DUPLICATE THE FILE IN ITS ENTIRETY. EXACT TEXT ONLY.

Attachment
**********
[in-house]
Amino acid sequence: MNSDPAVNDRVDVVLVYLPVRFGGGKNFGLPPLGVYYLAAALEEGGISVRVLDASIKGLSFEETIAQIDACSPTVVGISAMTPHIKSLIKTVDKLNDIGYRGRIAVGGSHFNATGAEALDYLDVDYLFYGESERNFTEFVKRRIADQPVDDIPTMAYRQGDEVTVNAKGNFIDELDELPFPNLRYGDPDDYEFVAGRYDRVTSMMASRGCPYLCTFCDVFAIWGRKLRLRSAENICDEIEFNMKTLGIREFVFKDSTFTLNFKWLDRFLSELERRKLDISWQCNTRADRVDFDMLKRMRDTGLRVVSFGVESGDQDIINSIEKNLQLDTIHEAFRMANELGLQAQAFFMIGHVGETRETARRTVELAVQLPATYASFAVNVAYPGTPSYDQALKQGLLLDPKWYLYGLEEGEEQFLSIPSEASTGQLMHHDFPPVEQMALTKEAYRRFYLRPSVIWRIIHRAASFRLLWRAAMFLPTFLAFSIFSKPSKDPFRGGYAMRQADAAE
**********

[in-house]
Amino acid sequence: MNSDPAVNDRVDVVLVYLPVRFGGGKNFGLPPLGVYYLAAALEEGGISVRVLDASIKGLSFEETIAQIDACSPTVVGISAMTPHIKSLIKTVDKLNDIGYRGRIAVGGSHFNATGAEALDYLDVDYLFYGESERNFTEFVKRRIADQPVDDIPTMAYRQGDEVTVNAKGNFIDELDELPFPNLRYGDPDDYEFVAGRYDRVTSMMASRGCPYLCTFCDVFAIWGRKLRLRSAENICDEIEFNMKTLGIREFVFKDSTFTLNFKWLDRFLSELERRKLDISWQCNTRADRVDFDMLKRMRDTGLRVVSFGVESGDQDIINSIEKNLQLDTIHEAFRMANELGLQAQAFFMIGHVGETRETARRTVELAVQLPATYASFAVNVAYPGTPSYDQALKQGLLLDPKWYLYGLEEGEEQFLSIPSEASTGQLMHHDFPPVEQMALTKEAYRRFYLRPSVIWRIIHRAASFRLLWRAAMFLPTFLAFSIFSKPSKDPFRGGYAMRQADAAE